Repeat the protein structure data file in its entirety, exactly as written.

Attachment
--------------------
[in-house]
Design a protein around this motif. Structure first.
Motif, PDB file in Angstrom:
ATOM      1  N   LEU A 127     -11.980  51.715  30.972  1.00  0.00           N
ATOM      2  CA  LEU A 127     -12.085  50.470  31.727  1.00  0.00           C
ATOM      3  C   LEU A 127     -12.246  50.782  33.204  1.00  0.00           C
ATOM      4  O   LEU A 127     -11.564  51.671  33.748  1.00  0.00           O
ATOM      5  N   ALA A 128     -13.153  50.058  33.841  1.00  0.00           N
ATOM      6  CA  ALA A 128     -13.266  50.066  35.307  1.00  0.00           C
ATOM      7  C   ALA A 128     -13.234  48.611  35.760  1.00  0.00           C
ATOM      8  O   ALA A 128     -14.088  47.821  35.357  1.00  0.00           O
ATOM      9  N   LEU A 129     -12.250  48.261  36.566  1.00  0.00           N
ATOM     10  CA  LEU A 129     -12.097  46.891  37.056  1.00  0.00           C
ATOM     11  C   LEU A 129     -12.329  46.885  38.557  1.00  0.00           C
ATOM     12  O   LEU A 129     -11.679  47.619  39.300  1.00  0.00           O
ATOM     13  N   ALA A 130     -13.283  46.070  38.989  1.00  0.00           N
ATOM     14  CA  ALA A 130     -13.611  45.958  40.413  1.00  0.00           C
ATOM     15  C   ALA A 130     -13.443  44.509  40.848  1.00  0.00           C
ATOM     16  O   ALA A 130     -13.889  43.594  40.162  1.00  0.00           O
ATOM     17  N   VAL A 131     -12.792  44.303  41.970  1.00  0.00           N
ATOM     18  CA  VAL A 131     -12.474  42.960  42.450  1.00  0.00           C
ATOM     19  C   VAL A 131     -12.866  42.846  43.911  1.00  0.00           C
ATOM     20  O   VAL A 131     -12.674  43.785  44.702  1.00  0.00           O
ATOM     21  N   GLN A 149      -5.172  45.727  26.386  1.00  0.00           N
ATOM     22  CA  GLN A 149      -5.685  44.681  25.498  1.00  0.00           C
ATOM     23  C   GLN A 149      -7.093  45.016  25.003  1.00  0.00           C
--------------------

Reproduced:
[in-house]
Design a protein around this motif. Structure first.
Motif, PDB file in Angstrom:
ATOM      1  N   LEU A 127     -11.980  51.715  30.972  1.00  0.00           N
ATOM      2  CA  LEU A 127     -12.085  50.470  31.727  1.00  0.00           C
ATOM      3  C   LEU A 127     -12.246  50.782  33.204  1.00  0.00           C
ATOM      4  O   LEU A 127     -11.564  51.671  33.748  1.00  0.00           O
ATOM      5  N   ALA A 128     -13.153  50.058  33.841  1.00  0.00           N
ATOM      6  CA  ALA A 128     -13.266  50.066  35.307  1.00  0.00           C
ATOM      7  C   ALA A 128     -13.234  48.611  35.760  1.00  0.00           C
ATOM      8  O   ALA A 128     -14.088  47.821  35.357  1.00  0.00           O
ATOM      9  N   LEU A 129     -12.250  48.261  36.566  1.00  0.00           N
ATOM     10  CA  LEU A 129     -12.097  46.891  37.056  1.00  0.00           C
ATOM     11  C   LEU A 129     -12.329  46.885  38.557  1.00  0.00           C
ATOM     12  O   LEU A 129     -11.679  47.619  39.300  1.00  0.00           O
ATOM     13  N   ALA A 130     -13.283  46.070  38.989  1.00  0.00           N
ATOM     14  CA  ALA A 130     -13.611  45.958  40.413  1.00  0.00           C
ATOM     15  C   ALA A 130     -13.443  44.509  40.848  1.00  0.00           C
ATOM     16  O   ALA A 130     -13.889  43.594  40.162  1.00  0.00           O
ATOM     17  N   VAL A 131     -12.792  44.303  41.970  1.00  0.00           N
ATOM     18  CA  VAL A 131     -12.474  42.960  42.450  1.00  0.00           C
ATOM     19  C   VAL A 131     -12.866  42.846  43.911  1.00  0.00           C
ATOM     20  O   VAL A 131     -12.674  43.785  44.702  1.00  0.00           O
ATOM     21  N   GLN A 149      -5.172  45.727  26.386  1.00  0.00           N
ATOM     22  CA  GLN A 149      -5.685  44.681  25.498  1.00  0.00           C
ATOM     23  C   GLN A 149      -7.093  45.016  25.003  1.00  0.00           C